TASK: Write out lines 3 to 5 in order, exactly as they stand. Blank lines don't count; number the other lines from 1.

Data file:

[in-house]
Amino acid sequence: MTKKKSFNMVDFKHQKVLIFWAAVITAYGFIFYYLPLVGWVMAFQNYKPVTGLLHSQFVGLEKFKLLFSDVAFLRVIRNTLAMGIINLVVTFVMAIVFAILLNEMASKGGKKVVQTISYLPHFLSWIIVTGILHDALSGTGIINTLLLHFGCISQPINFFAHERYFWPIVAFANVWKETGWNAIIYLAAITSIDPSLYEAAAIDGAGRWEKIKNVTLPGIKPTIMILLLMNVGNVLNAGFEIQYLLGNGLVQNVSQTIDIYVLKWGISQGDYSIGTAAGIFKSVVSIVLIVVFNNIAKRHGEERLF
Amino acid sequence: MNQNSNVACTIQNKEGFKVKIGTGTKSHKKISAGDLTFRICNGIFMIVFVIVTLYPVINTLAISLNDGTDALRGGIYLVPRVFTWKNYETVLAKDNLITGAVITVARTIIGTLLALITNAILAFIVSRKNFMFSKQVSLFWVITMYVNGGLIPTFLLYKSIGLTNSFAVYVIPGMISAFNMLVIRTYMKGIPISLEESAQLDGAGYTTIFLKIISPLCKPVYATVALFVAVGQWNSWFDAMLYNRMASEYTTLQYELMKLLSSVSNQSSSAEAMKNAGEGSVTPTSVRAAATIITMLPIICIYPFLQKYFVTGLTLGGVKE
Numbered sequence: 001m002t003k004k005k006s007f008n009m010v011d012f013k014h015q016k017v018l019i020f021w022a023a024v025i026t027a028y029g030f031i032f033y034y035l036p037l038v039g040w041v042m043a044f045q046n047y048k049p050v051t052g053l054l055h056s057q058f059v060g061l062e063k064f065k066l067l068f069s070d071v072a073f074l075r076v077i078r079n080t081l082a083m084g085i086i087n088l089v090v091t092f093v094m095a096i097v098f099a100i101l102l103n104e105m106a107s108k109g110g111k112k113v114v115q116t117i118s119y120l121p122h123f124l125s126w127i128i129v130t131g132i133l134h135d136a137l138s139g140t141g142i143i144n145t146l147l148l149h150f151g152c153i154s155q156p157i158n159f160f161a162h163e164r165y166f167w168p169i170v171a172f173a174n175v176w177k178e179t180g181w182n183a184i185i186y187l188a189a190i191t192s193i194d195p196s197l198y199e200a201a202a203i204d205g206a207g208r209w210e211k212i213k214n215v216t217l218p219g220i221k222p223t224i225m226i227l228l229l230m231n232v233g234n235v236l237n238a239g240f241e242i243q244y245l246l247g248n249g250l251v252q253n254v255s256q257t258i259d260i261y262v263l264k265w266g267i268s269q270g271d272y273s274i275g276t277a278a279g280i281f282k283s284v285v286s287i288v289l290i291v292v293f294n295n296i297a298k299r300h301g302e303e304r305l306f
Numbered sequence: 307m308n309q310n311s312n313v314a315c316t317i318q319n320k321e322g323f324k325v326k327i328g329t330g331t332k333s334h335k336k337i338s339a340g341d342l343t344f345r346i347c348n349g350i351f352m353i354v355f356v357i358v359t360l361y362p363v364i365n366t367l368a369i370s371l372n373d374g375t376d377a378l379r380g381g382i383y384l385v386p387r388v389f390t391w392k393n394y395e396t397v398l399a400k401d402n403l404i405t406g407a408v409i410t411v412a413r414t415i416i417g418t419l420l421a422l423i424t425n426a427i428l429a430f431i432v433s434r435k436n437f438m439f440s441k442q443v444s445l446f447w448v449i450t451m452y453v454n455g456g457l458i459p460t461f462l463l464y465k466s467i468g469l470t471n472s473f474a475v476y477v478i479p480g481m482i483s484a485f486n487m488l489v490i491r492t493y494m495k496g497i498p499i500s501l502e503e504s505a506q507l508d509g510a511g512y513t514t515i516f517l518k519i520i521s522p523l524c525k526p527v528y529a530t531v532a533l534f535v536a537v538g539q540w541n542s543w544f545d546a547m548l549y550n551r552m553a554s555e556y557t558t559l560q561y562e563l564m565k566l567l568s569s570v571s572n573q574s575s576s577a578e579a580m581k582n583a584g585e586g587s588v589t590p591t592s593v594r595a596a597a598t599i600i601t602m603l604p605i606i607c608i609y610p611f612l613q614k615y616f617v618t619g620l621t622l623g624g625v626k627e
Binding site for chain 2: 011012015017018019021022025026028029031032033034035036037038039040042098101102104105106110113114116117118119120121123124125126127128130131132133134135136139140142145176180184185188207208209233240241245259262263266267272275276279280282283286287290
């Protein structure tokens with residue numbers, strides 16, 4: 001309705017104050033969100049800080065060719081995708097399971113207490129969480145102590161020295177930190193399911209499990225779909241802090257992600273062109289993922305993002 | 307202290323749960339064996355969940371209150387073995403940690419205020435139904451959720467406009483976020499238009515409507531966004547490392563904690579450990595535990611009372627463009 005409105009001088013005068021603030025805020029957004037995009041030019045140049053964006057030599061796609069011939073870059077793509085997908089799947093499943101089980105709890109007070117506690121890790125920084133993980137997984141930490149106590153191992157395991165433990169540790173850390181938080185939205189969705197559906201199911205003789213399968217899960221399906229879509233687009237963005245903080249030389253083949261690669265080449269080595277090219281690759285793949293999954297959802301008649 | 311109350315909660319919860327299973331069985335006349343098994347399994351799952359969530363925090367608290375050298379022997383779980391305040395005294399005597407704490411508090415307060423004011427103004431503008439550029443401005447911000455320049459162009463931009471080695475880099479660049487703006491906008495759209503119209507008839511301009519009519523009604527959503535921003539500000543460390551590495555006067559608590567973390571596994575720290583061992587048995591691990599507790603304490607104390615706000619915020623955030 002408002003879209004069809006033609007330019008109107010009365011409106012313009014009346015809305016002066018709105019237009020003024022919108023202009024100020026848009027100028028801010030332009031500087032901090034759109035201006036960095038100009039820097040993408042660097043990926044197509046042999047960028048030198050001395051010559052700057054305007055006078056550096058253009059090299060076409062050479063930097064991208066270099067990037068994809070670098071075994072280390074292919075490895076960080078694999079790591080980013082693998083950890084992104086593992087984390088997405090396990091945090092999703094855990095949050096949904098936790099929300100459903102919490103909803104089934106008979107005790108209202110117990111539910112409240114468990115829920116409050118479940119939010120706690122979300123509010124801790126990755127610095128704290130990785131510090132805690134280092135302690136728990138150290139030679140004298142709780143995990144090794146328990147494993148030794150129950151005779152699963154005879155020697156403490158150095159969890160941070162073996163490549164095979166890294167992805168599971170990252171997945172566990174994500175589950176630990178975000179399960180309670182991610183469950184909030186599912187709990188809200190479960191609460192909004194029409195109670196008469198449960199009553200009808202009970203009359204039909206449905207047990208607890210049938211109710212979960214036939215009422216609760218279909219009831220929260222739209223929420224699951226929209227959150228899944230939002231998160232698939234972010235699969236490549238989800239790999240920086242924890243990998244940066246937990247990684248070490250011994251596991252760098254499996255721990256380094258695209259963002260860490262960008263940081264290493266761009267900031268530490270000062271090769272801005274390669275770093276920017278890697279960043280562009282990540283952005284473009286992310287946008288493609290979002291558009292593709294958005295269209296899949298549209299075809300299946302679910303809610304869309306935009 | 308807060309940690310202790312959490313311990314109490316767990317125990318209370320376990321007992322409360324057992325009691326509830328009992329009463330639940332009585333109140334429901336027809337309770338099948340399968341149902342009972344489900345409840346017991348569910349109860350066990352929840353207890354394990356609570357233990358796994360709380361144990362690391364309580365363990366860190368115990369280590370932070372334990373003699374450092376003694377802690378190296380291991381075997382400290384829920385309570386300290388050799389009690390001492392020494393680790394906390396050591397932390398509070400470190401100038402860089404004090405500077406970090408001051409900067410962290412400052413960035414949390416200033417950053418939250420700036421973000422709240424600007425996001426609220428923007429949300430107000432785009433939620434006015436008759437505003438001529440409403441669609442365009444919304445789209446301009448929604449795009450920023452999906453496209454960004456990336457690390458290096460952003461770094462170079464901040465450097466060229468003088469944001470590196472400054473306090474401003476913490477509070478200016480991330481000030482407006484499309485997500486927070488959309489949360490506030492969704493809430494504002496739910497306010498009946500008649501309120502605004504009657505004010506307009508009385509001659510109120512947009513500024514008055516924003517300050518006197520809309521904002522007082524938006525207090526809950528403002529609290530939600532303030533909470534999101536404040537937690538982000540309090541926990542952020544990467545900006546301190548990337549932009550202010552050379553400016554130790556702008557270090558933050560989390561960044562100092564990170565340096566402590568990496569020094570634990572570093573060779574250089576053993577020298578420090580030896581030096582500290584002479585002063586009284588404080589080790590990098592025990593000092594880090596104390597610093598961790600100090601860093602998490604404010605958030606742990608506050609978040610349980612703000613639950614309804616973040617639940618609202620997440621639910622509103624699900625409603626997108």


Amino acid sequence: MNQNSNVACTIQNKEGFKVKIGTGTKSHKKISAGDLTFRICNGIFMIVFVIVTLYPVINTLAISLNDGTDALRGGIYLVPRVFTWKNYETVLAKDNLITGAVITVARTIIGTLLALITNAILAFIVSRKNFMFSKQVSLFWVITMYVNGGLIPTFLLYKSIGLTNSFAVYVIPGMISAFNMLVIRTYMKGIPISLEESAQLDGAGYTTIFLKIISPLCKPVYATVALFVAVGQWNSWFDAMLYNRMASEYTTLQYELMKLLSSVSNQSSSAEAMKNAGEGSVTPTSVRAAATIITMLPIICIYPFLQKYFVTGLTLGGVKE
Numbered sequence: 001m002t003k004k005k006s007f008n009m010v011d012f013k014h015q016k017v018l019i020f021w022a023a024v025i026t027a028y029g030f031i032f033y034y035l036p037l038v039g040w041v042m043a044f045q046n047y048k049p050v051t052g053l054l055h056s057q058f059v060g061l062e063k064f065k066l067l068f069s070d071v072a073f074l075r076v077i078r079n080t081l082a083m084g085i086i087n088l089v090v091t092f093v094m095a096i097v098f099a100i101l102l103n104e105m106a107s108k109g110g111k112k113v114v115q116t117i118s119y120l121p122h123f124l125s126w127i128i129v130t131g132i133l134h135d136a137l138s139g140t141g142i143i144n145t146l147l148l149h150f151g152c153i154s155q156p157i158n159f160f161a162h163e164r165y166f167w168p169i170v171a172f173a174n175v176w177k178e179t180g181w182n183a184i185i186y187l188a189a190i191t192s193i194d195p196s197l198y199e200a201a202a203i204d205g206a207g208r209w210e211k212i213k214n215v216t217l218p219g220i221k222p223t224i225m226i227l228l229l230m231n232v233g234n235v236l237n238a239g240f241e242i243q244y245l246l247g248n249g250l251v252q253n254v255s256q257t258i259d260i261y262v263l264k265w266g267i268s269q270g271d272y273s274i275g276t277a278a279g280i281f282k283s284v285v286s287i288v289l290i291v292v293f294n295n296i297a298k299r300h301g302e303e304r305l306f
Numbered sequence: 307m308n309q310n311s312n313v314a315c316t317i318q319n320k321e322g323f324k325v326k327i328g329t330g331t332k333s334h335k336k337i338s339a340g341d342l343t344f345r346i347c348n349g350i351f352m353i354v355f356v357i358v359t360l361y362p363v364i365n366t367l368a369i370s371l372n373d374g375t376d377a378l379r380g381g382i383y384l385v386p387r388v389f390t391w392k393n394y395e396t397v398l399a400k401d402n403l404i405t406g407a408v409i410t411v412a413r414t415i416i417g418t419l420l421a422l423i424t425n426a427i428l429a430f431i432v433s434r435k436n437f438m439f440s441k442q443v444s445l446f447w448v449i450t451m452y453v454n455g456g457l458i459p460t461f462l463l464y465k466s467i468g469l470t471n472s473f474a475v476y477v478i479p480g481m482i483s484a485f486n487m488l489v490i491r492t493y494m495k496g497i498p499i500s501l502e503e504s505a506q507l508d509g510a511g512y513t514t515i516f517l518k519i520i521s522p523l524c525k526p527v528y529a530t531v532a533l534f535v536a537v538g539q540w541n542s543w544f545d546a547m548l549y550n551r552m553a554s555e556y557t558t559l560q561y562e563l564m565k566l567l568s569s570v571s572n573q574s575s576s577a578e579a580m581k582n583a584g585e586g587s588v589t590p591t592s593v594r595a596a597a598t599i600i601t602m603l604p605i606i607c608i609y610p611f612l613q614k615y616f617v618t619g620l621t622l623g624g625v626k627e